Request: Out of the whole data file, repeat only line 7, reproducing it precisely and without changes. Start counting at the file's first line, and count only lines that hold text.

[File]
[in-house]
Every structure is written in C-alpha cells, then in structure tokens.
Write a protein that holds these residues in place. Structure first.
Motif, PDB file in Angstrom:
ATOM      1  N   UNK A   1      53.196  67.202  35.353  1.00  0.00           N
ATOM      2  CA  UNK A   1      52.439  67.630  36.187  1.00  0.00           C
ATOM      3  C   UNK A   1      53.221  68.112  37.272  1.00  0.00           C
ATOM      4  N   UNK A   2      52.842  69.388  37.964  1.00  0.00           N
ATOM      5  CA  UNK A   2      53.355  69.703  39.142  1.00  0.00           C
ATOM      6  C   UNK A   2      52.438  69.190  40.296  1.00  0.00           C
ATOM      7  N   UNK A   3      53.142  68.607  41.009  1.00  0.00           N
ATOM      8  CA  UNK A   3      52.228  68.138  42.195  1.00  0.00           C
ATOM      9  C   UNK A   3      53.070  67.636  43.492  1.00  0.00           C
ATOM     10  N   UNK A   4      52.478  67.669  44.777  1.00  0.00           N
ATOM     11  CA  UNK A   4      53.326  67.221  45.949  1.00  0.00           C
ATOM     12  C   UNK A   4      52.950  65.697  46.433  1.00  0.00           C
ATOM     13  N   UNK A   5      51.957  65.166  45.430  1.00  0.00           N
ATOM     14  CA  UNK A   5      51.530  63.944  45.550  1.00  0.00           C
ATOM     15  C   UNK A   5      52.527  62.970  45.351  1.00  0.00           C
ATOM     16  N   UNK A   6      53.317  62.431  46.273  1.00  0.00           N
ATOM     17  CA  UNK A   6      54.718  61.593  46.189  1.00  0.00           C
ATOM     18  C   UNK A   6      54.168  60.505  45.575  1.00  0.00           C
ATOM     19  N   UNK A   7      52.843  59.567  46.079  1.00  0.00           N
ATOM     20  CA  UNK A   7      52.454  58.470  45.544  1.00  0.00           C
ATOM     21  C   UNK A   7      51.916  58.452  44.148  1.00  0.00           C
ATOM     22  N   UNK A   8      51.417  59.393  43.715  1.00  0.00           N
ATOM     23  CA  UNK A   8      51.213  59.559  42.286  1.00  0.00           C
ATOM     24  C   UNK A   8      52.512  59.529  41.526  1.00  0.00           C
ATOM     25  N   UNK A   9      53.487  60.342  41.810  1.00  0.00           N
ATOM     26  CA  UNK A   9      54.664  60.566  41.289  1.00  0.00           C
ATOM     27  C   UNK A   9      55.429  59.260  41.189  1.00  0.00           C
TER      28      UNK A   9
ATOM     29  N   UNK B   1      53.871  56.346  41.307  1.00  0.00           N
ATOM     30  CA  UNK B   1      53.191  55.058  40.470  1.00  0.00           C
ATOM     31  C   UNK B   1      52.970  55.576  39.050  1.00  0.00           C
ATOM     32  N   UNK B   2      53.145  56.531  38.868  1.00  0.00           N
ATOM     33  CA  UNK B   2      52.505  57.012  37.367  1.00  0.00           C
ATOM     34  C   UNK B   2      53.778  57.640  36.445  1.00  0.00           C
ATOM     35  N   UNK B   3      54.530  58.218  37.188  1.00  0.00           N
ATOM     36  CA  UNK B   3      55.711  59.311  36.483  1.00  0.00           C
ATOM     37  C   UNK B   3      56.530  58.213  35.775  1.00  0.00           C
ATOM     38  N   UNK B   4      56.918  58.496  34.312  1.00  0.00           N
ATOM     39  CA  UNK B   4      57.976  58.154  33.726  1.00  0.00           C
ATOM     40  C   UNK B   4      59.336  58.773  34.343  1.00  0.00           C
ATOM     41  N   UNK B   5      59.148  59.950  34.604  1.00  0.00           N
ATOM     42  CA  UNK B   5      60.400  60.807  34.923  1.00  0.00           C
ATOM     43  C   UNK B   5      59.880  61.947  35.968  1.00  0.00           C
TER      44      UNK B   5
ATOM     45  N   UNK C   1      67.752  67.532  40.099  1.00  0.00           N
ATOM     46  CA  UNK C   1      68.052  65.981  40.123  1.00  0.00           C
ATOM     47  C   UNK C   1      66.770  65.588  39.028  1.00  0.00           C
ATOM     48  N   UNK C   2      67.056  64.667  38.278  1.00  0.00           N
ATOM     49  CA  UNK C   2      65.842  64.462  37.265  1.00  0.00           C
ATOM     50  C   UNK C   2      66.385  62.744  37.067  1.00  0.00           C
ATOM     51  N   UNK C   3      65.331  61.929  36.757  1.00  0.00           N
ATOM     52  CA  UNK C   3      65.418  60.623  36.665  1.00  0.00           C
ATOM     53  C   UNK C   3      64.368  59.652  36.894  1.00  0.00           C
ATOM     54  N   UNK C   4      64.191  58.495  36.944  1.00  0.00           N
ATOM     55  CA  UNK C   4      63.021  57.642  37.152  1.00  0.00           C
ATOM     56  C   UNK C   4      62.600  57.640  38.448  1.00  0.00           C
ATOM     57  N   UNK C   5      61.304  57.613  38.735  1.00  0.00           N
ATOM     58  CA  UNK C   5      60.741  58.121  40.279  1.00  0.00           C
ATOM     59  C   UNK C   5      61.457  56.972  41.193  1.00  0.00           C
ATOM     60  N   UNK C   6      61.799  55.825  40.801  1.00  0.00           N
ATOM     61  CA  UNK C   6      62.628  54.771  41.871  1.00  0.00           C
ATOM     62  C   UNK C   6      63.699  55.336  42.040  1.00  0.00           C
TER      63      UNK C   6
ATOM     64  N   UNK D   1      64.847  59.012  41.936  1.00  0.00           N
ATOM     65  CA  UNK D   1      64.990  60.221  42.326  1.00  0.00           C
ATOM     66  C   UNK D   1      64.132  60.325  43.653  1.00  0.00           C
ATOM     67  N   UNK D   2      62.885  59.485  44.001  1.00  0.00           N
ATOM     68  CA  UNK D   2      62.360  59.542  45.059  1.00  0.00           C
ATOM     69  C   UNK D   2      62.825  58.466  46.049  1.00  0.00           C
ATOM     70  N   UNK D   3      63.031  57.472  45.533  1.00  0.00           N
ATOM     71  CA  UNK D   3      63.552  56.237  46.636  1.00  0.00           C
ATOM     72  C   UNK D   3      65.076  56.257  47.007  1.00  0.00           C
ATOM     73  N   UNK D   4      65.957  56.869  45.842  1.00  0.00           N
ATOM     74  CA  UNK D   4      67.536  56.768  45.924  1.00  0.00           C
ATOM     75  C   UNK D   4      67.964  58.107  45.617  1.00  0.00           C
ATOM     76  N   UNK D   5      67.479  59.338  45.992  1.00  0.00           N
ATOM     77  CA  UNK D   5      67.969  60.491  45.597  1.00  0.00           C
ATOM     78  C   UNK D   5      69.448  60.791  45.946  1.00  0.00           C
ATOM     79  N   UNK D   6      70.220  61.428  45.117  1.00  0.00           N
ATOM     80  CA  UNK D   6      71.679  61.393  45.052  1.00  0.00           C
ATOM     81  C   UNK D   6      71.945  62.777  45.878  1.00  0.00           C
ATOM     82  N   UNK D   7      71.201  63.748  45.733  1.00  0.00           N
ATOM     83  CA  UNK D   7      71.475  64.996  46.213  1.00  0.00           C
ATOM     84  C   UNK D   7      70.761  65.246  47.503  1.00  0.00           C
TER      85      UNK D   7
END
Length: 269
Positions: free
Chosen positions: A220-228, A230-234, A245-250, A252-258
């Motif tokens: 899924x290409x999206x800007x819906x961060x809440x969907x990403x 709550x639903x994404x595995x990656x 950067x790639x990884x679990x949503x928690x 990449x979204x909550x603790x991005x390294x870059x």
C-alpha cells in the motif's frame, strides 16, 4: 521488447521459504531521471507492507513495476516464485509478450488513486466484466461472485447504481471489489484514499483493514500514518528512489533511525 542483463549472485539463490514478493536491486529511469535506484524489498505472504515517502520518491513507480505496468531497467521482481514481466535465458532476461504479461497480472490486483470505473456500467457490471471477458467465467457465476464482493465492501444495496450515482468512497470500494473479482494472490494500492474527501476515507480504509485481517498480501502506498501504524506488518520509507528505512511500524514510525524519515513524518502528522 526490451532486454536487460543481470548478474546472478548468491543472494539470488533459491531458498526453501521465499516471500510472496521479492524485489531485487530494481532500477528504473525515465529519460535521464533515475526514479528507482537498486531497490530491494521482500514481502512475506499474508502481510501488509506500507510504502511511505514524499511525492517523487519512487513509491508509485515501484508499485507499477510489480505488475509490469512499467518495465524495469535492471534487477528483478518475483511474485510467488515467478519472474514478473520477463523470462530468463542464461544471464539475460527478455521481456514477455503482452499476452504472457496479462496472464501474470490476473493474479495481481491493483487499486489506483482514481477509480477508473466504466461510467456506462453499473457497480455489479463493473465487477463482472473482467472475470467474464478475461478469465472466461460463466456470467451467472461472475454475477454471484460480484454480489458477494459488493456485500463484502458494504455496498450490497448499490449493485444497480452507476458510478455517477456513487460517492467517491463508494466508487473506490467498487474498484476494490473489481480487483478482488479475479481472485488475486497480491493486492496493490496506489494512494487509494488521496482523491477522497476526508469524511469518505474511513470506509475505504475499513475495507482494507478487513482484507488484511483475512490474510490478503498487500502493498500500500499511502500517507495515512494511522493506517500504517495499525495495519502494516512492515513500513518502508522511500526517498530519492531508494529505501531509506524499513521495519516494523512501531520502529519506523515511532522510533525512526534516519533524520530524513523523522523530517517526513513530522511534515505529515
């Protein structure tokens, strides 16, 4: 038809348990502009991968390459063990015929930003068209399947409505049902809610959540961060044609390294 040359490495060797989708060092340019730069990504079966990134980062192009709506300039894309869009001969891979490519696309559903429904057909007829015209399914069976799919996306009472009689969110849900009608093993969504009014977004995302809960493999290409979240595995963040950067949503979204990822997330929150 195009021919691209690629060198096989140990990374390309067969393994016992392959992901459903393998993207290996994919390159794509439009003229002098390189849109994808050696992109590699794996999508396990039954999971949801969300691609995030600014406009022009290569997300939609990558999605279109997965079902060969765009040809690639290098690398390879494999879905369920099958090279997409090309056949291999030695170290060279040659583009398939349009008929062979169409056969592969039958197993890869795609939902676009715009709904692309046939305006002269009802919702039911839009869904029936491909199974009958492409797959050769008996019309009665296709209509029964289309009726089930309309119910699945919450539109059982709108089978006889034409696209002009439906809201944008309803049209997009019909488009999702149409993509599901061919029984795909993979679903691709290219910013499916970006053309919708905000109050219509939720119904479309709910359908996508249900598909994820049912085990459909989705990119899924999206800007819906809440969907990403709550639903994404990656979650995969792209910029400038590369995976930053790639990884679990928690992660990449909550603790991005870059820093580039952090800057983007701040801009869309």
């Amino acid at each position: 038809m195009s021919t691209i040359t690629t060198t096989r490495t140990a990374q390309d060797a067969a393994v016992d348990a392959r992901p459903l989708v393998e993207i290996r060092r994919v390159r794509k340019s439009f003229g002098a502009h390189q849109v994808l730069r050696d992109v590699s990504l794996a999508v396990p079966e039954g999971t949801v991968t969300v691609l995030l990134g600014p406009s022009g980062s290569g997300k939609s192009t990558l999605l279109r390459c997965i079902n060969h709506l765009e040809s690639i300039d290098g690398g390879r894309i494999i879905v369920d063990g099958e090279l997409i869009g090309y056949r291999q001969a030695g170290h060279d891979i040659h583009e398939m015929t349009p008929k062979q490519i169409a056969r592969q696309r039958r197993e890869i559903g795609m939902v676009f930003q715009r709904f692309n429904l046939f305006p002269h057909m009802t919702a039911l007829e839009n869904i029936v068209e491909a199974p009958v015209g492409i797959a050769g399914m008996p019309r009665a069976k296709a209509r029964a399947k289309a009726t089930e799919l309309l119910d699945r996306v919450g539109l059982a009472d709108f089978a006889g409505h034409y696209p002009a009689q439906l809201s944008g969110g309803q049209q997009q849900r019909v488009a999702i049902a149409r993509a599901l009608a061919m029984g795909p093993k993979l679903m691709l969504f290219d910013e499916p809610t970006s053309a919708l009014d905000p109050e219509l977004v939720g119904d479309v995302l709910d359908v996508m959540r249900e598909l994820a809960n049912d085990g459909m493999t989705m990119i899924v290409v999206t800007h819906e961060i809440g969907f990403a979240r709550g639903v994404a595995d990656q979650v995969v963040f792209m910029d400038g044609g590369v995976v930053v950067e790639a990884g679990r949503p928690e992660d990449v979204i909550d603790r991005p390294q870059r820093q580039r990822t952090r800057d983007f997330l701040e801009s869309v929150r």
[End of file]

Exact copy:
ATOM      3  C   UNK A   1      53.221  68.112  37.272  1.00  0.00           C